NEW Zimbabwe Anti-Corruption Commission (Zacc) chair Justice Loice Matanda-Moyo faces her first big test over allegations of wrongdoing involving her husband, Foreign Affairs minister Sibusiso Moyo.
Auditor-General Mildred Chiri’s forensic report into plundering of the National Social Security Authority (Nssa) implicated Fernhaven Investments, a military-owned company where Moyo, a retired army major-general, is a director.
Now Zacc, which has already arrested former Environment, Tourism and Hospitality minister Prisca Mupfumira over allegations in the auditor-general’s report, faces the prospect of investigating the husband of its head.
When Matanda-Moyo was appointed to lead Zacc in July, she said she would not interfere with any investigation to do with her husband.
Questioned by the Sunday Times on Thursday over the allegations against Fernhaven in the forensic report, she said: “As I said before, I can’t be involved in such cases in any way.”
Moyo is a key power broker in President Emmerson Mnangagwa’s regime and announced the military action that led to former President Robert Mugabe stepping down from power in November 2017.
Chiri’s report says Africom, a telecommunications company in which the army owns 51% through Fernhaven, borrowed US$15 million from AfrimexBank, but failed to service the loan.
Nssa, as a minority (4,5%) shareholder in Africom, became the sole guarantor of the loan in December 2013 despite misgivings from its board.
Fernhaven indemnified Nssa by providing security for the loan in the form of Longcheng Plaza shopping mall in Harare, which was built by Chinese firm Anhui Foreign Construction Corporation for an estimated US$200m.
Africom persistently defaulted on the loan and in 2015, Afrimex demanded money from Nssa, which made payments to the bank.
According to Chiri’s report, however, Nssa should have demanded the money from Fernhaven, since the company had provided its property as surety.
“As per indemnity agreement, Nssa should have foreclosed on the Fernhaven-pledged Longcheng property in order to raise the money to settle the debt,” the report said.
Allegations in Chiri’s report, based on a three-year investigation by BDO Zimbabwe Chartered Accountants, have already led to the arrest of Mupfumira in relation to the plunder of Nssa during her tenure as Public Service, Labour and Social Welfare minister between 2014 and 2017. She will appear in court next week on fraud charges involving US$95m.
Former Nssa chairman Robin Vela, who is also implicated in fraud, has asked the High Court to set aside the Auditor-General’s report, saying it is biased.
“The manner in which the investigators went about their task speaks to their incompetence, which incompetence affects the outcome of the report … there is malice that permeates and pervades the whole report,” Vela argued in court papers.
The Housing Corporation Zimbabwe (HCZ) is also challenging the report, which said the organisation was just a week old when it won a US$304m property deal, and failed to build a single house despite receiving US$16m upfront.
An HCZ statement said: “The report contains several falsehoods as regards to HCZ. These untruths are attributable to the incompetent manner in which BDO conducted its forensic investigation and in arriving at its conclusions.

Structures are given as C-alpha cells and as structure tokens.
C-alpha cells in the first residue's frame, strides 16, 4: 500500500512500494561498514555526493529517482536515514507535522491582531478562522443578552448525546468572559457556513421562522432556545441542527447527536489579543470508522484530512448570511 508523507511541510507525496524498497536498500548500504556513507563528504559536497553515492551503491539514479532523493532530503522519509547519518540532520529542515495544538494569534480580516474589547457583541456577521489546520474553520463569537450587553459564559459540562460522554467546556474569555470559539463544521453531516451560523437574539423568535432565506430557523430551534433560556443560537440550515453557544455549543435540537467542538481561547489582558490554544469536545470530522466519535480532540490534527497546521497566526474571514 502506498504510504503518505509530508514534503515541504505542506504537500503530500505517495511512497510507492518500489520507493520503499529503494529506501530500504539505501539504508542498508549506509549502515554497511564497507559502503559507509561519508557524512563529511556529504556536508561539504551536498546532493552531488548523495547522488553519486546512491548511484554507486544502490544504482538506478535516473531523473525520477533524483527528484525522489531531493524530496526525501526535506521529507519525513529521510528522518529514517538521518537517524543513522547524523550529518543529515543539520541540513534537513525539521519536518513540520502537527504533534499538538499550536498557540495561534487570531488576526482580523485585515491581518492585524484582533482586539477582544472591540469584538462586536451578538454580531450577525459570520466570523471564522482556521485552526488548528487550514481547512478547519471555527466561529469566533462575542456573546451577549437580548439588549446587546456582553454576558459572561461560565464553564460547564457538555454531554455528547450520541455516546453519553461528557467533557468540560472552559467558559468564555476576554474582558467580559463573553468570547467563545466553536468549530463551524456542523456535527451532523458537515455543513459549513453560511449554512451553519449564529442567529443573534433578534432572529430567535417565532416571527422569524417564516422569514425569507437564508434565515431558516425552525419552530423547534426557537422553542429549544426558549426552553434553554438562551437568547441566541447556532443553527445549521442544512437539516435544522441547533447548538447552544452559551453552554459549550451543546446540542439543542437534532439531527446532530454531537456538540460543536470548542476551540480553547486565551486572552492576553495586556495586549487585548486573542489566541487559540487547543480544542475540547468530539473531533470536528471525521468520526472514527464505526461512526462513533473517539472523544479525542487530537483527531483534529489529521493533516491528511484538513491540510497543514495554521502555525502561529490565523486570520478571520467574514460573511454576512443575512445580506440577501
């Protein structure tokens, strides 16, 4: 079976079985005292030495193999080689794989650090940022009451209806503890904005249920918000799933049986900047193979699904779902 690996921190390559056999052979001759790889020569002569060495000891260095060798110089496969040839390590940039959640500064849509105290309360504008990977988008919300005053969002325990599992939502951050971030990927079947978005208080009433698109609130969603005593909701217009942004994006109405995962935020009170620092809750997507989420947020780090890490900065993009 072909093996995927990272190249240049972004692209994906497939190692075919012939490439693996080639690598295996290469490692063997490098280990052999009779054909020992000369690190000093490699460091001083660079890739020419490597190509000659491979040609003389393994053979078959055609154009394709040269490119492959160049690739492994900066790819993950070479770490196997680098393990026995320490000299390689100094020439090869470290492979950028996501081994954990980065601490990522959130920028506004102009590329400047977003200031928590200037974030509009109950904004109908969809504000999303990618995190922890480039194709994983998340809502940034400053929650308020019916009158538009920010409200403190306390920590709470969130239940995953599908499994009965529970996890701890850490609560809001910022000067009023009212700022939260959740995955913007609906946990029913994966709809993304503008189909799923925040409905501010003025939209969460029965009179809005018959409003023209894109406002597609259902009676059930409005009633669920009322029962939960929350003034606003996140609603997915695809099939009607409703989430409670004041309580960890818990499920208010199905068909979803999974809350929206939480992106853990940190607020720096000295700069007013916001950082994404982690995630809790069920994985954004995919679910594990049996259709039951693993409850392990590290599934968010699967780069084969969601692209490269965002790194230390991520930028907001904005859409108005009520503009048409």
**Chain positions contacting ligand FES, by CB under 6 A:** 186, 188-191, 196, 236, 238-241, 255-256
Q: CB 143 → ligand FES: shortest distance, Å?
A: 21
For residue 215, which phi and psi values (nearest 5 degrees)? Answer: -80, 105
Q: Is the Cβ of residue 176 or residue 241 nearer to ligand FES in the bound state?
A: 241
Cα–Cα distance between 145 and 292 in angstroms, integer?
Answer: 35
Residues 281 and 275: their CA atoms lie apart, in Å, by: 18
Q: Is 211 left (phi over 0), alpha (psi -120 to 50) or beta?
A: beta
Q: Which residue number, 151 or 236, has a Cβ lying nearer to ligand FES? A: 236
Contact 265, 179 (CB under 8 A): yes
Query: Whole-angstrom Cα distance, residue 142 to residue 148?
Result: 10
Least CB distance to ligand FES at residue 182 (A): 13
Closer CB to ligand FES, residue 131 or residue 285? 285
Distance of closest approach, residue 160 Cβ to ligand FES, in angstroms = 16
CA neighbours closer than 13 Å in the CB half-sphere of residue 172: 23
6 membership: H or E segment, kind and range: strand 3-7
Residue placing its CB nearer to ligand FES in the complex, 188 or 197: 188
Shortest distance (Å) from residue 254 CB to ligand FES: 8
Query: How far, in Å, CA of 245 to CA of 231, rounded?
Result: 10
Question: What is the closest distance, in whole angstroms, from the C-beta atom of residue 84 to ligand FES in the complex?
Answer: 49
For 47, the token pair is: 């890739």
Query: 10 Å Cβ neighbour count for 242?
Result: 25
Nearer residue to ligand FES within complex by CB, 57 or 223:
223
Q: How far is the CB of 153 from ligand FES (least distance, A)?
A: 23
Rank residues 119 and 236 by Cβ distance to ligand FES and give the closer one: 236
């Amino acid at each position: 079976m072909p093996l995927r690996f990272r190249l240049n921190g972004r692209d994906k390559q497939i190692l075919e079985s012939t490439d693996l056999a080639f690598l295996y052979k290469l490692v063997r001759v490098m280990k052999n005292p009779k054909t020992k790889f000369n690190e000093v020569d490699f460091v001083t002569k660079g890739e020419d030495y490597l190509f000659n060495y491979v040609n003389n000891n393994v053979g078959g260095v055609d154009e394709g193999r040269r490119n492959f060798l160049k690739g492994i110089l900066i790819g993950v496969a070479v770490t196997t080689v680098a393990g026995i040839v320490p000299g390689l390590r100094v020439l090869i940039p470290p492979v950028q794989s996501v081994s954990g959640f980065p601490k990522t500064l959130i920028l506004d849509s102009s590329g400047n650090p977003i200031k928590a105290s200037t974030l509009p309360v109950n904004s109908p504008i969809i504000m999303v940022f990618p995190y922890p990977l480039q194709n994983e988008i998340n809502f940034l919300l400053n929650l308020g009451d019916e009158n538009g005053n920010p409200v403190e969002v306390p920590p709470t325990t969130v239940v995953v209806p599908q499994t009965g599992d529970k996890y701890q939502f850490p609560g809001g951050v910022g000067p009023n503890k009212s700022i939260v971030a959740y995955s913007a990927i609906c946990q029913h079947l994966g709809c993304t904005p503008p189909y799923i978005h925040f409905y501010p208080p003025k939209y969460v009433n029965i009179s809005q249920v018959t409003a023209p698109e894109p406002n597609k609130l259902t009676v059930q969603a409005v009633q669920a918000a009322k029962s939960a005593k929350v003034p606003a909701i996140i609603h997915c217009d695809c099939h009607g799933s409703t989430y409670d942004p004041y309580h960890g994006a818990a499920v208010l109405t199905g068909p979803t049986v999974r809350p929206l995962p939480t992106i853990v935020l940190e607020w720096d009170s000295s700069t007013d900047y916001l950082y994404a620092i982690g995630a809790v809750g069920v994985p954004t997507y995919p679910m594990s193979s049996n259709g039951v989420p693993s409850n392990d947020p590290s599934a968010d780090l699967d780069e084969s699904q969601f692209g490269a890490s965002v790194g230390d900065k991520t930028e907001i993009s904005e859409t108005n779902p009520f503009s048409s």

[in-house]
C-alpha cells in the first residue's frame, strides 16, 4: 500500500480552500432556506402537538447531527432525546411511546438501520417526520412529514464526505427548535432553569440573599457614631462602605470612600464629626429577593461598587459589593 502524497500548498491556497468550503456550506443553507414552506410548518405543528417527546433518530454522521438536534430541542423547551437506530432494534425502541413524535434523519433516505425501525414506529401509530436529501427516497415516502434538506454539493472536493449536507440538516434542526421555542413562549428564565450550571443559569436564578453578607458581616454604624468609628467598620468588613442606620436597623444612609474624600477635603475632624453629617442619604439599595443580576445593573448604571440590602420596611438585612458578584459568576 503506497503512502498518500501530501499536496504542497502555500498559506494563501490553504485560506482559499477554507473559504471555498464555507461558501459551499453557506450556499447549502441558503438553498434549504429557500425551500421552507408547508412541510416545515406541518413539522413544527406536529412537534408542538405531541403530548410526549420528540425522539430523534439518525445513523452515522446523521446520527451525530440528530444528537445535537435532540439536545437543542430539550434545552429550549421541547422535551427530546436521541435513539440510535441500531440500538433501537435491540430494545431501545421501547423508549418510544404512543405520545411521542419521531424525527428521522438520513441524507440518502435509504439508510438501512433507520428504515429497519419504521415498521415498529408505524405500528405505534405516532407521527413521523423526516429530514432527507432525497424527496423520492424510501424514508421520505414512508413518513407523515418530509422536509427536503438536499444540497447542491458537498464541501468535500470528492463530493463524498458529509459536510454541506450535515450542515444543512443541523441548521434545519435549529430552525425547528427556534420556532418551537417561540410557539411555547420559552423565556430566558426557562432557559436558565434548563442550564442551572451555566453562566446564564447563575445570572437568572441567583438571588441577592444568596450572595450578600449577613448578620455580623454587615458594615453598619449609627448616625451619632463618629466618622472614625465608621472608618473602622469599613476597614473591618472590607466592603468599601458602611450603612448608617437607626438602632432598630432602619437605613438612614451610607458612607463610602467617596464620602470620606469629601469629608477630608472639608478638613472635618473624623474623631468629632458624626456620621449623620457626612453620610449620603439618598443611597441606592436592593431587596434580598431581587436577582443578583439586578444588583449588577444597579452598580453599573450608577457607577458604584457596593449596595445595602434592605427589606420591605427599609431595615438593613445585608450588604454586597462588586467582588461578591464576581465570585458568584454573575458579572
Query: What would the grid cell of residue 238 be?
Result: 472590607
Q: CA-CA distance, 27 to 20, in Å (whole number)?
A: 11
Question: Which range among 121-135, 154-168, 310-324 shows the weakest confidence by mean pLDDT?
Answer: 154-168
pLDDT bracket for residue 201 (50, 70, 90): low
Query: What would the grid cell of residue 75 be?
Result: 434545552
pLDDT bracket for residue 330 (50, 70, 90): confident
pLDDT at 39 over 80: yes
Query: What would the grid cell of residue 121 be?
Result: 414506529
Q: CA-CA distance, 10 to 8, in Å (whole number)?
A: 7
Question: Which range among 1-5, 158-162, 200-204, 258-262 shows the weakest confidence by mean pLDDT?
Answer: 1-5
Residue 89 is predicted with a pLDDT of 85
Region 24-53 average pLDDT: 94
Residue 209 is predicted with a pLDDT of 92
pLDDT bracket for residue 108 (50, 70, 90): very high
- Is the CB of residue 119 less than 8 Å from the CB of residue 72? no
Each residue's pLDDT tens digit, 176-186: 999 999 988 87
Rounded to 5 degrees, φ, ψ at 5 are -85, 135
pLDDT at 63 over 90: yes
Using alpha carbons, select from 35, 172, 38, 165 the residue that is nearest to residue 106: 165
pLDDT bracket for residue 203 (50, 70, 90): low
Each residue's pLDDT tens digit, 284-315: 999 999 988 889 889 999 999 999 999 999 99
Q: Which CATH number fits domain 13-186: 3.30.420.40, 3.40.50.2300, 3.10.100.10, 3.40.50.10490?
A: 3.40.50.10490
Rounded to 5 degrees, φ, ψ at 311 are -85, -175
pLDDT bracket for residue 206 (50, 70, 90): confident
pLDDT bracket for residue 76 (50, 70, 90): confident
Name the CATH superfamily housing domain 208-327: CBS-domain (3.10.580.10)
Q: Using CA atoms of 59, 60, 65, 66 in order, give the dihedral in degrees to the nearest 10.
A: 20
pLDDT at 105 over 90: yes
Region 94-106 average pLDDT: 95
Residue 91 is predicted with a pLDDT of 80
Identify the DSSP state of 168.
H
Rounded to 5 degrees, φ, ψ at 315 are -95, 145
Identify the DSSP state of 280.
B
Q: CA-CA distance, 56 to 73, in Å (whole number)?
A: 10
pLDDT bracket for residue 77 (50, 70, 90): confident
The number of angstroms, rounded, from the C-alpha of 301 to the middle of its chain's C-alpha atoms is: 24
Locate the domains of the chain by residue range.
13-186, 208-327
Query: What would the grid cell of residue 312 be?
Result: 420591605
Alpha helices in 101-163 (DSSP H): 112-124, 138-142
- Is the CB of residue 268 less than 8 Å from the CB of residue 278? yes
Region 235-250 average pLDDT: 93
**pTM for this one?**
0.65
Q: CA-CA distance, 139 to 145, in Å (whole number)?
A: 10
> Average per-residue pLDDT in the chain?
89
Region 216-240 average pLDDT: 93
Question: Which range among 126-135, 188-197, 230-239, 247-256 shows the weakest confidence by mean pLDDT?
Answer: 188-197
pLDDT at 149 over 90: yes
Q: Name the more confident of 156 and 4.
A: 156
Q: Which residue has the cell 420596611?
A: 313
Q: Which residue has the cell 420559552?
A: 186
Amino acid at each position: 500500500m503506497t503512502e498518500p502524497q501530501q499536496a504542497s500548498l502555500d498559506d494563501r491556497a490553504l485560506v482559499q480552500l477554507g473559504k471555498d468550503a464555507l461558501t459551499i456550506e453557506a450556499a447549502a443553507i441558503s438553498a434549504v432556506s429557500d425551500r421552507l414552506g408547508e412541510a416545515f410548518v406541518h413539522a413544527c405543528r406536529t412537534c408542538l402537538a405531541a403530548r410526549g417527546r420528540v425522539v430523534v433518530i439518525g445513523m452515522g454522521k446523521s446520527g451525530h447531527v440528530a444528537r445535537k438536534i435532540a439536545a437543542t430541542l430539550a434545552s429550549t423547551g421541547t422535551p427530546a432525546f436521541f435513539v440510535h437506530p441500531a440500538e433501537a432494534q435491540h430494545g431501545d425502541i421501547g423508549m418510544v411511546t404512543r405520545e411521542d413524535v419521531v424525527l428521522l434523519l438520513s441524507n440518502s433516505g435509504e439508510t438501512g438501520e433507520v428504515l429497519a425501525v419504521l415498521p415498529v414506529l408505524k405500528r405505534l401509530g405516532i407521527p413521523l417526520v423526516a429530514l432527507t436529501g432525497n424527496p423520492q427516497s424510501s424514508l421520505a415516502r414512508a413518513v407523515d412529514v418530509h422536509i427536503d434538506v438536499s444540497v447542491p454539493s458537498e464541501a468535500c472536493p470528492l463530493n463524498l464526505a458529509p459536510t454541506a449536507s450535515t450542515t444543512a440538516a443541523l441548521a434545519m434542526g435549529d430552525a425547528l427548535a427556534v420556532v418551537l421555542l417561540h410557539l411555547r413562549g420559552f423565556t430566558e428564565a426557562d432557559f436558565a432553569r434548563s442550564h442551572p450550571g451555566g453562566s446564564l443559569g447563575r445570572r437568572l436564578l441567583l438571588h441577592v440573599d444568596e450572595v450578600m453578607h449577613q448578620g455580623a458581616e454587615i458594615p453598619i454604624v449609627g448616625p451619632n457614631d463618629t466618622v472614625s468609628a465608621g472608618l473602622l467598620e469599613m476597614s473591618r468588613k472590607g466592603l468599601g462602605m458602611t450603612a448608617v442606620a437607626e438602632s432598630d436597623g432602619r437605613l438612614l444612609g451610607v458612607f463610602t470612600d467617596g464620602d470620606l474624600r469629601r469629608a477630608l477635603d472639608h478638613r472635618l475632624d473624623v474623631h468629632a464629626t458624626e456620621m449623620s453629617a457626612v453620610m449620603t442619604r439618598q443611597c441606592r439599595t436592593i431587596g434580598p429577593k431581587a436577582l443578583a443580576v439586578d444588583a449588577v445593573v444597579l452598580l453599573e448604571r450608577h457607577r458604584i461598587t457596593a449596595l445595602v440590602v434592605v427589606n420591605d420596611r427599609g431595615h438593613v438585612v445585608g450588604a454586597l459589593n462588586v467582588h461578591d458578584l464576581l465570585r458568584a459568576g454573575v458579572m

“The absence of an in-depth probe includes ignoring critical information that would have assisted the investigation with accurate facts.”
Advocate Thabani Mpofu has offered his services to prosecute those implicated in fraud. “The true, but untold Nssa story is known to us, even to the minutest detail,” he said in a statement this week directed at the Zacc.
“We are ready to act, but we will only act against the corrupters of the corrupt, the bishops of thievery.
“This is my public offer to you Justice Matanda-Moyo. Give me three of the big ones. Give me three who have looted our billions and I will prosecute them for free. The ball is in your court.”
Maureen Kademaunga, the MDC secretary for public service and social welfare, said corruption within Nssa had far-reaching implications for the wellbeing of pensioners.
“At the centre of the effects of the Nssa scandal is the failure by the institution to honour its obligations on pensions. After decades of hard work and deductions, retirees become paupers due to the avarice of corrupt politicians who seek to profit at the expense of the impoverished workers,” Kademaunga said.
“The criminals must not go unpunished, but beyond the punitive measures that we expect to be taken against those who have been caught with their fingers in the pie, the MDC proposes systemic and structural reforms of the public pension fund.”
Zimbabwe Congress of Trade Unions secretary-general Japhet Moyo told the Sunday Times unions flagged graft at the Nssa several years ago, so he was not surprised by the contents of the report.
“We wrote to the ministry during the time of Mupfumira proposing sweeping changes to the Nssa Act. The Act gives excessive powers over other stakeholders by the minister and we suggested Parliament should oversee the operations of Nssa,” Moyo said.
During his time in the army, SB Moyo was in charge of numerous business portfolios in which the military invested. He was MD of an army firm, Cosleg that mined diamonds in the Democratic Republic of Congo (DRC) at the turn of the century.
He and other senior army commanders were accused by the United Nations of plundering resources in the DRC in a report that also mentions Mnangagwa, Defence minister at the time and former Cabinet minister Sydney Sekeramayi. — Sunday Times